- Associated Press - Saturday, October 15, 2016

DECATUR, Ala. (AP) - With a lace cap covering her head and tape securing her nails to her fingers, Mwende D. Muoti sat hooked to drugs that turned her tongue green, weakened her cuticles, caused her hair to fall out and drained her of energy.

During the chemotherapy treatments - Wednesdays were the worst - scheduled to coincide with her lunch break, she would wonder: “Do I have enough paid time off to stay home for the next two days? If I don’t, what bills do I need to pay and what bills can I put off because I’ll be too sick to go to work?”

“I got to thinking about how many other people were in the same situation. When you’re sick and you’re going through chemotherapy, the last thing you need to worry about is how to pay the bills or if you have enough gas in your car to get to treatment,” Muoti said.

So began the Journey of Faith.

Headed by Muoti, a breast cancer survivor, the nonprofit organization devoted to meeting the immediate needs of cancer patients recently held a Journey of Faith Breast Cancer Walk at Delano Park.

Every cent raised from the walk and the organization’s gala in November will go to cancer patients’ transportation, food and utility costs.

“Every ministry I have ever been a part of I have done out of compassion, but Journey of Faith, I do it out of my experience. When compassion and experience come together, it is powerful,” Muoti said.

Muoti felt robbed of power when a mammogram detected a 1.5-centimeter mass in her left breast. Tests would reveal the mass as cancerous.

In August 2015, the Lawrence County native, mother of four sons and grandmother of five, became one of the 250,000 women and 2,600 men diagnosed with breast cancer every year in the United States.

“I should’ve been prepared. In June of last year, I woke up at 4 a.m. for my prayer time and I heard the Lord tell me to schedule a mammogram. My heart skipped a beat. A few days later, I heard the Lord tell me, ‘You’re going to come out on the other end of this.’ Even with that, I was not prepared,” Muoti said.

She ranked the day of her diagnosis as one of the darkest days. As she returned to the Morgan County Courthouse, where she works as a law librarian, Muoti struggled to swallow and breathe. In her friends, family and church, she found support, comfort and peace.

“I knew about her initial concern and how she felt the lump and was going to get a mammogram, but when the word ‘cancer’ came out of her mouth, it almost broke me. I’ve never felt that way before,” said Grantland Steele, Muoti’s youngest son. “We prayed a lot. We prayed that all of us would remain faithful and that God would give Mama a testimony she could share.”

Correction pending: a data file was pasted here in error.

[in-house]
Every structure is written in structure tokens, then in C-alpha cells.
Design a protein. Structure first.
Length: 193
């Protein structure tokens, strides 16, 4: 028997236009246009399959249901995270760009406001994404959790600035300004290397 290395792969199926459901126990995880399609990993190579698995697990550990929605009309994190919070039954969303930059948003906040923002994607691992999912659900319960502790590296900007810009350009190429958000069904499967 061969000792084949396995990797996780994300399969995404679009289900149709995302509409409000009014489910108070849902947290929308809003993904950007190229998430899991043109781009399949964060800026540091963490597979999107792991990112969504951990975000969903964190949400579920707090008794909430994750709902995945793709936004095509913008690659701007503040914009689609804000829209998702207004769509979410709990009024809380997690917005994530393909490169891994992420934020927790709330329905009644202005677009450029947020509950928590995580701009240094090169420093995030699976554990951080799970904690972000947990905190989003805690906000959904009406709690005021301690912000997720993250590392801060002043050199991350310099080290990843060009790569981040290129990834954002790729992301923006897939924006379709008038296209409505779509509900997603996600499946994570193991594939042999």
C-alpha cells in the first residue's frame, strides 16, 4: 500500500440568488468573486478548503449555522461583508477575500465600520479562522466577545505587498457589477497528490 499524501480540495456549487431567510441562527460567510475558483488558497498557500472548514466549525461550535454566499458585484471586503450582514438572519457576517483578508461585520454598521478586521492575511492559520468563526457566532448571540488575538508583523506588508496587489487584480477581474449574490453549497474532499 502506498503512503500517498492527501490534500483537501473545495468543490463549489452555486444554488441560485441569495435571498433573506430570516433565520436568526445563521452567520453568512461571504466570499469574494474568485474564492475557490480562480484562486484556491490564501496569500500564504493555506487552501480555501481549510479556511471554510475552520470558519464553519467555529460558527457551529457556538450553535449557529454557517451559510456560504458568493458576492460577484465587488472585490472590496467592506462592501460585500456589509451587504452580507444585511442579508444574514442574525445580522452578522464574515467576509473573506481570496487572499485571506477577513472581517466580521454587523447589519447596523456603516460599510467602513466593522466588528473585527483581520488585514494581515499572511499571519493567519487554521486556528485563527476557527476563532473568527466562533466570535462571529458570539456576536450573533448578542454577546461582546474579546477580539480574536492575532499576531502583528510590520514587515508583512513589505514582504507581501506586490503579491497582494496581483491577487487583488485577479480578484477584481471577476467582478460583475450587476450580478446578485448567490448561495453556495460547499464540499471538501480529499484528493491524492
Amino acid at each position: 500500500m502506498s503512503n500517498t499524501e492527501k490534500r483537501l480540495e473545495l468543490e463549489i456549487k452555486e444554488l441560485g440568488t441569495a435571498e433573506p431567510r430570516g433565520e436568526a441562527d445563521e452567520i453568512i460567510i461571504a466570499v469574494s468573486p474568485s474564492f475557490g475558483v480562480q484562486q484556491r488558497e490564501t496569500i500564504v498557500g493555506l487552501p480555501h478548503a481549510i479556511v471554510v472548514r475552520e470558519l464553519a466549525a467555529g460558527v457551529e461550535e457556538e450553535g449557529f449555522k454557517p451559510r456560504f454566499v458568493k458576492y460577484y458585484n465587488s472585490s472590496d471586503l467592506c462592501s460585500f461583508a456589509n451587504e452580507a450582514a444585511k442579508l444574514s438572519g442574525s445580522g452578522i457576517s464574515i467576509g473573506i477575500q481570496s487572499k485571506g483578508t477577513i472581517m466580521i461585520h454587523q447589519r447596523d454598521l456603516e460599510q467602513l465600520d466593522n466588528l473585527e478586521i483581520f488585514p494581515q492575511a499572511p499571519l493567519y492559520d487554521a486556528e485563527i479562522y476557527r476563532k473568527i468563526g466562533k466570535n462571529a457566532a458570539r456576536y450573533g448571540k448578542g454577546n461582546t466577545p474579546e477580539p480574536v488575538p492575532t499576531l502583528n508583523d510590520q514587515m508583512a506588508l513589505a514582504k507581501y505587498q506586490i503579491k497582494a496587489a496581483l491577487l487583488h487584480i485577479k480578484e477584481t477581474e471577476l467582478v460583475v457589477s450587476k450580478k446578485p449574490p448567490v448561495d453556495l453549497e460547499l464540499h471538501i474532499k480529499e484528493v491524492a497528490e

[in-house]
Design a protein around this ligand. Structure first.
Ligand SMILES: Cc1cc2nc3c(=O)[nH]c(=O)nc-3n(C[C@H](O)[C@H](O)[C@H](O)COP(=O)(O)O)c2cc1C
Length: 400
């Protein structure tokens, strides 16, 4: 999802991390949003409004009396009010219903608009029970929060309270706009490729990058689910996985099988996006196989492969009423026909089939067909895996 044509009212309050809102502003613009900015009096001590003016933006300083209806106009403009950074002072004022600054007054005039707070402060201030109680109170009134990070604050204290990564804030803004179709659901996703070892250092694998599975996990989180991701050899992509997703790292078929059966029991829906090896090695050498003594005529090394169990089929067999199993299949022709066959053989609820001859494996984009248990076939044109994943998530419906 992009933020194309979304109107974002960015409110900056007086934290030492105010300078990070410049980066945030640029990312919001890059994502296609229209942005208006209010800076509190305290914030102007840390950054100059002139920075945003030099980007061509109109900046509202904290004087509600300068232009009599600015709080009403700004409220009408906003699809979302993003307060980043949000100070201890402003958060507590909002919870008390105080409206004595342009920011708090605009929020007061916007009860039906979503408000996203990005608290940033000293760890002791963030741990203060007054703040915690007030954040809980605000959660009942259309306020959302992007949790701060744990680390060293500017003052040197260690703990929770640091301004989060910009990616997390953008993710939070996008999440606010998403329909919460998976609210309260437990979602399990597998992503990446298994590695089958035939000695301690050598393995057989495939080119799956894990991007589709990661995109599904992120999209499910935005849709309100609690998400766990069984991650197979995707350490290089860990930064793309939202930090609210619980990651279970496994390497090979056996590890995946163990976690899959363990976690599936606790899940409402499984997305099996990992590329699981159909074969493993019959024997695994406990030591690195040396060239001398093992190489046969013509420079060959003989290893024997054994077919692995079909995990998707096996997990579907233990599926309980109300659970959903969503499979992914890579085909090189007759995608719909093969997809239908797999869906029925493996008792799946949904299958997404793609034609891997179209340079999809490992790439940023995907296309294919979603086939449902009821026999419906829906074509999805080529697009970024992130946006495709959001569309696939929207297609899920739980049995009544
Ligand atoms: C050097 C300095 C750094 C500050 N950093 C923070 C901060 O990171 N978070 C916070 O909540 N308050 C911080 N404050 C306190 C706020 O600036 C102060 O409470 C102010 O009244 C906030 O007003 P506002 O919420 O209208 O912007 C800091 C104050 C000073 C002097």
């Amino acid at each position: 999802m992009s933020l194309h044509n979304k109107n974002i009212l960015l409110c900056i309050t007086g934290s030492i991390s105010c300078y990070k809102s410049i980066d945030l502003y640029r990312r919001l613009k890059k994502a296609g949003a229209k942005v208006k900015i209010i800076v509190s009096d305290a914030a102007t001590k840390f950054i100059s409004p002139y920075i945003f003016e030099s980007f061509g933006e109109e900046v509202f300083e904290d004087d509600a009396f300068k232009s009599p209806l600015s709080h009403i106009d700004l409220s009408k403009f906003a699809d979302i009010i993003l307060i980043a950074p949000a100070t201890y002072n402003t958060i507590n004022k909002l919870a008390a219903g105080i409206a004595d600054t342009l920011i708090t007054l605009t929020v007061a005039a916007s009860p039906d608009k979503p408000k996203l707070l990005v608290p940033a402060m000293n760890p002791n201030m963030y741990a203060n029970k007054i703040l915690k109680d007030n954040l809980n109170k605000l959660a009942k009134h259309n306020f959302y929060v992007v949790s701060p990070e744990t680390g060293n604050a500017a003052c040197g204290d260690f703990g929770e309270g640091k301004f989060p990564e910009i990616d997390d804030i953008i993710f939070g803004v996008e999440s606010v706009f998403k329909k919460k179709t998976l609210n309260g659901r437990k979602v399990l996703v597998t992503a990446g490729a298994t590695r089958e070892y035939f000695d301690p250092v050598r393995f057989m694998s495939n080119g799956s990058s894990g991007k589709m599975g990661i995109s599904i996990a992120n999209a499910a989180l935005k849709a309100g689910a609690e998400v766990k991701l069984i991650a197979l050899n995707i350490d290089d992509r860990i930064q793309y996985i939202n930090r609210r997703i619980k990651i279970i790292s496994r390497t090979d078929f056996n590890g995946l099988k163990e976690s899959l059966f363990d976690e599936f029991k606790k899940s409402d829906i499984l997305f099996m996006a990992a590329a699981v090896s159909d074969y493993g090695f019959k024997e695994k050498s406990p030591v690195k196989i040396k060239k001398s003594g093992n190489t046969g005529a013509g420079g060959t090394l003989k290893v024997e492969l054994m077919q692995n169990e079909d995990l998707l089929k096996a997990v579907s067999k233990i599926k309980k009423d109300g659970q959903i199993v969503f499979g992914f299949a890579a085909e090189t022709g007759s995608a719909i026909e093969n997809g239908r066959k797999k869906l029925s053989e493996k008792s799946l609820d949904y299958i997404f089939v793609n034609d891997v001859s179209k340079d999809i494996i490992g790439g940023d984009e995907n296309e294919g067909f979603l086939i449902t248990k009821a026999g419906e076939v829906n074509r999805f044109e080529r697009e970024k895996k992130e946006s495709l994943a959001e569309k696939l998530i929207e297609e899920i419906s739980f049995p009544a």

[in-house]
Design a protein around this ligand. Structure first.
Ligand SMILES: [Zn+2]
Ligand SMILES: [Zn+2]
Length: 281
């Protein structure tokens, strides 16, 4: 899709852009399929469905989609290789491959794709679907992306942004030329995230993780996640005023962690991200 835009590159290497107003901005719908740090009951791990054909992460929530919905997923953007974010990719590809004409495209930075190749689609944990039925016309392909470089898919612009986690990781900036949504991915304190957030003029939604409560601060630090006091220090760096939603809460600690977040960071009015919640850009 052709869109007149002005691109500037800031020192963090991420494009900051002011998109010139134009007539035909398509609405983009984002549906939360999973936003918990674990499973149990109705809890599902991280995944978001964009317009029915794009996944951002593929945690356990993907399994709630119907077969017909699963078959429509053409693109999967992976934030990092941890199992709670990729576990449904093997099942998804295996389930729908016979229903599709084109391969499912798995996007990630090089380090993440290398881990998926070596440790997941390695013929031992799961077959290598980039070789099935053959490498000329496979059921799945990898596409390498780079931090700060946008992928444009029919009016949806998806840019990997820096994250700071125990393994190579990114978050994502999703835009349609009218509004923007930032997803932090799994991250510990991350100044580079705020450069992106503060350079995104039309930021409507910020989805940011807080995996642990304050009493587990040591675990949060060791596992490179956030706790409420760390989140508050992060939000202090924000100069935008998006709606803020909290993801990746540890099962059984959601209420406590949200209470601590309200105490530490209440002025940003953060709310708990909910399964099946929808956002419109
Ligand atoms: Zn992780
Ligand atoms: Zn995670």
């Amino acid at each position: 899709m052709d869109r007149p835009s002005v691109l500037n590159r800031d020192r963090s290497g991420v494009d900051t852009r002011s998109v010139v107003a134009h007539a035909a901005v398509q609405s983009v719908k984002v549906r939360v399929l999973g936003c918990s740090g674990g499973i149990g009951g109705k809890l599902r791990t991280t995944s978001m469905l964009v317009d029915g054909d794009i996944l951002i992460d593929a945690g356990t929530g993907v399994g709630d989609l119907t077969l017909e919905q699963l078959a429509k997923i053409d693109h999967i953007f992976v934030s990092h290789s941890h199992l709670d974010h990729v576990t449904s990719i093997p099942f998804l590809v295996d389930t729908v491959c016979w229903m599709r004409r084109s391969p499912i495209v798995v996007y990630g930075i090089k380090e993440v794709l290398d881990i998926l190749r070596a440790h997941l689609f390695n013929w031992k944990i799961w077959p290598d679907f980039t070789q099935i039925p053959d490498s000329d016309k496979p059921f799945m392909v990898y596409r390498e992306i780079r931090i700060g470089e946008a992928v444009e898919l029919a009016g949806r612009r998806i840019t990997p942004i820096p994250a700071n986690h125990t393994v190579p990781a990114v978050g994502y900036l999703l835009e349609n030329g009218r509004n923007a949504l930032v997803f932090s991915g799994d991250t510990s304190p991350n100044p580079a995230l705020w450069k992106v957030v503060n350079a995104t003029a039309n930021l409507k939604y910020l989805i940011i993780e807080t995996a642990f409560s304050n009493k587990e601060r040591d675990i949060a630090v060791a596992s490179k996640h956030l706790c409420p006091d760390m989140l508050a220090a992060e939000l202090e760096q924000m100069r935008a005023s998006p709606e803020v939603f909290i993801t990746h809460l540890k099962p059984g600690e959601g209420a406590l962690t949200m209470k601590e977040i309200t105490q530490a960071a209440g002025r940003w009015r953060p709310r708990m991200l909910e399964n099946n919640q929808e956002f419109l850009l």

Through the lumpectomy, reconstruction surgeries, eight weeks of chemotherapy, six weeks of radiation and follow-up exams, Muoti’s friends and family stood by the woman they described as faithful, loyal, giving, strong and courageous.

When she could not button her shirt following her surgery due to swelling, two of her sons pushed the bathroom door open and said, “Mama, we got you.” When, after her second chemotherapy treatment, her hair fell out in three brushstrokes, her son shaved the few remaining strands.

“Her courage and faith in God amazed me. She praised the Lord as much on her bad days as she did on her good days. She never wavered in her faith,” said friend Cheryl Coleman. “My role was to be there to support my closest and dearest friend mentally and emotionally. Sometimes that meant running to the store and stocking up on grapes, ginger ale and Ensure, the only things she could eat.”

Three times a day - just like medicine, Muoti said - she read scriptures and spoke affirmations aloud. “I shall live and not die and declare the works of the Lord.” Psalms 118:17.

After her second chemotherapy treatment, the treatment that robbed her of her hair, the idea for Journey of Faith began to take root.

“I was doing all this crying and I was so upset. I looked in the mirror and said, ‘You know what, Mwende, quit crying and get on with it. Crying is not going to make this go away. You’ve got to go through this journey,” Muoti said. “That’s where the name comes from. The scenery does not look good, but the destination is great.”

The ministry became cemented in Muoti’s mind when she received her first scarf. Gently holding it to her cheek, there was a wave of emotion to flood over her. She knew supporting breast cancer patients physically, emotionally, spiritually and mentally would become her ministry.

The Journey of Faith ministry incorporated earlier this year, Muoti organized a benevolent board and GracePoint began collecting canned food to distribute to recipients.

Muoti hopes to raise $10,000 from the walk and the gala and start distributing gift cards and funds to those in need in January. The gala, a night of music, comedy and food, will take place Nov. 18 at GracePoint Church. Tickets cost $35 for an individual or $60 for a couple.

“I put my own money up front so that we don’t have to pay anyone back anything. Every dime raised will be given to breast cancer patients,” Muoti said. “I thank God for cancer research, but what separates Journey of Faith from others is that we are meeting needs locally. We are going to put food on the table. We are going to pay the bills. I want somebody who comes to us heavy to leave relieved.”

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Information from: The Decatur Daily, http://www.decaturdaily.com/decaturdaily/index.shtml

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